What is it about?
Our pilot study showed that such a high-risk sub-population was identifiable within the general population up to 20 months prior to pancreatic cancer diagnosis with a sensitivity approaching 70%. However, it has been conducted on a relatively small sample of pancreatic cancer cases and used other-cancer patient as controls.
Photo by Mika Baumeister on Unsplash
Why is it important?
Pancreatic cancer (PC) is rarely detected in its early stages, and therefore is one of the tumours with the lowest survival. Progress to diagnose it early, when the tumour is localised to pancreas and still treatable, has been extremely slow. Although several years may elapse between the biological initiation of PC and its clinical presentation (usually at an advanced stage), many patients display no specific alarm symptoms for most of this time. Introduction of a mass-population based screening for PC is prohibitively expensive and even potentially damaging due to the low disease incidence. Targeted screening is an alternative option. Using protein markers either alone or in combination with one clinically established biomarker, CA 19-9, have revealed promising results. The authors of these molecular studies mostly identify their application to high-risk groups containing small numbers of people. Alternatively, such tests might be applied more widely if a suitable high-risk subgroup of the general population could be identified.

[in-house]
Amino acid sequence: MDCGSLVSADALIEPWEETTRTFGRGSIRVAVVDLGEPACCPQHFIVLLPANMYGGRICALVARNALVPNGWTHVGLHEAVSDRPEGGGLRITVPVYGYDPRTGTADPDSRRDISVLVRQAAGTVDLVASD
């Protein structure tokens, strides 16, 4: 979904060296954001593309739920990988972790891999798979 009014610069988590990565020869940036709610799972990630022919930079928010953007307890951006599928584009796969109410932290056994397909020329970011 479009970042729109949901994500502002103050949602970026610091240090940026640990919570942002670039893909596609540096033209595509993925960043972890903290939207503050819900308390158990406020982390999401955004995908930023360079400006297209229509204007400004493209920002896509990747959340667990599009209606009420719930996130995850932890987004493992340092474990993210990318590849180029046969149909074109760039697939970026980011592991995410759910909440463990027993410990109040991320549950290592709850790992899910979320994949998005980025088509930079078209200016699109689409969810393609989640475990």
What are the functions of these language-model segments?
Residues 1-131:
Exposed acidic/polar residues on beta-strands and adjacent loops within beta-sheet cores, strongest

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This page is a summary of: Can we screen for pancreatic cancer? Identifying a sub-population of patients at high risk of subsequent diagnosis using machine learning techniques applied to primary care data, PLoS ONE, June 2021, PLOS, DOI: 10.1371/journal.pone.0251876.
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